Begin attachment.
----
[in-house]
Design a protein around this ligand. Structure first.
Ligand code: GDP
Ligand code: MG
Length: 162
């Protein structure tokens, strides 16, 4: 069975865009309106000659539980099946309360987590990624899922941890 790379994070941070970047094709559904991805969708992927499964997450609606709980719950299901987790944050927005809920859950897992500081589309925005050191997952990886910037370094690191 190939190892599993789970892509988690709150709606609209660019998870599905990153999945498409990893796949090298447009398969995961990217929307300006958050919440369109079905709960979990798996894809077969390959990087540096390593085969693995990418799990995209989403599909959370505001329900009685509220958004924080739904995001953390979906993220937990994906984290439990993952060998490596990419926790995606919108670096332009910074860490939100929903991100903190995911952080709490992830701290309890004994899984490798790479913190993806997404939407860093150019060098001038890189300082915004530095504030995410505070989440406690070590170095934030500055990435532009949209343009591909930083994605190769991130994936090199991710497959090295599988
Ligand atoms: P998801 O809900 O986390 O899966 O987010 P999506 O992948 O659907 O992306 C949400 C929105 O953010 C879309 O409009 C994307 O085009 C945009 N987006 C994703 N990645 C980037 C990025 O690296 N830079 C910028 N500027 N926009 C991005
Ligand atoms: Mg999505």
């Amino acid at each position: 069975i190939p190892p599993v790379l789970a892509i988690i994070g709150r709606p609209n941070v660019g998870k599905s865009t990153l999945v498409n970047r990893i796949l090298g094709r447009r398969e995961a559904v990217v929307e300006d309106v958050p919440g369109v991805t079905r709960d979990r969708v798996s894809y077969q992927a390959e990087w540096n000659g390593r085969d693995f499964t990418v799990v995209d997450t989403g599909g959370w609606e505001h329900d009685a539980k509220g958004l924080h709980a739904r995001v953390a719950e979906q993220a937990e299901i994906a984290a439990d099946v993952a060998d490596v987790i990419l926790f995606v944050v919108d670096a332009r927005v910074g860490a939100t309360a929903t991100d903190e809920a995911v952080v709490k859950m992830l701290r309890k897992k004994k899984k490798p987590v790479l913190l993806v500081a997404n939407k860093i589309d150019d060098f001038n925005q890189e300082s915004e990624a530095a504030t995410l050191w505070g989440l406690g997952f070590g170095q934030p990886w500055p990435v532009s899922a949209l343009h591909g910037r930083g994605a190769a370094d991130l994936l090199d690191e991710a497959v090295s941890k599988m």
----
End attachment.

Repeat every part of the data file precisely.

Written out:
[in-house]
Design a protein around this ligand. Structure first.
Ligand code: GDP
Ligand code: MG
Length: 162
């Protein structure tokens, strides 16, 4: 069975865009309106000659539980099946309360987590990624899922941890 790379994070941070970047094709559904991805969708992927499964997450609606709980719950299901987790944050927005809920859950897992500081589309925005050191997952990886910037370094690191 190939190892599993789970892509988690709150709606609209660019998870599905990153999945498409990893796949090298447009398969995961990217929307300006958050919440369109079905709960979990798996894809077969390959990087540096390593085969693995990418799990995209989403599909959370505001329900009685509220958004924080739904995001953390979906993220937990994906984290439990993952060998490596990419926790995606919108670096332009910074860490939100929903991100903190995911952080709490992830701290309890004994899984490798790479913190993806997404939407860093150019060098001038890189300082915004530095504030995410505070989440406690070590170095934030500055990435532009949209343009591909930083994605190769991130994936090199991710497959090295599988
Ligand atoms: P998801 O809900 O986390 O899966 O987010 P999506 O992948 O659907 O992306 C949400 C929105 O953010 C879309 O409009 C994307 O085009 C945009 N987006 C994703 N990645 C980037 C990025 O690296 N830079 C910028 N500027 N926009 C991005
Ligand atoms: Mg999505």
């Amino acid at each position: 069975i190939p190892p599993v790379l789970a892509i988690i994070g709150r709606p609209n941070v660019g998870k599905s865009t990153l999945v498409n970047r990893i796949l090298g094709r447009r398969e995961a559904v990217v929307e300006d309106v958050p919440g369109v991805t079905r709960d979990r969708v798996s894809y077969q992927a390959e990087w540096n000659g390593r085969d693995f499964t990418v799990v995209d997450t989403g599909g959370w609606e505001h329900d009685a539980k509220g958004l924080h709980a739904r995001v953390a719950e979906q993220a937990e299901i994906a984290a439990d099946v993952a060998d490596v987790i990419l926790f995606v944050v919108d670096a332009r927005v910074g860490a939100t309360a929903t991100d903190e809920a995911v952080v709490k859950m992830l701290r309890k897992k004994k899984k490798p987590v790479l913190l993806v500081a997404n939407k860093i589309d150019d060098f001038n925005q890189e300082s915004e990624a530095a504030t995410l050191w505070g989440l406690g997952f070590g170095q934030p990886w500055p990435v532009s899922a949209l343009h591909g910037r930083g994605a190769a370094d991130l994936l090199d690191e991710a497959v090295s941890k599988m």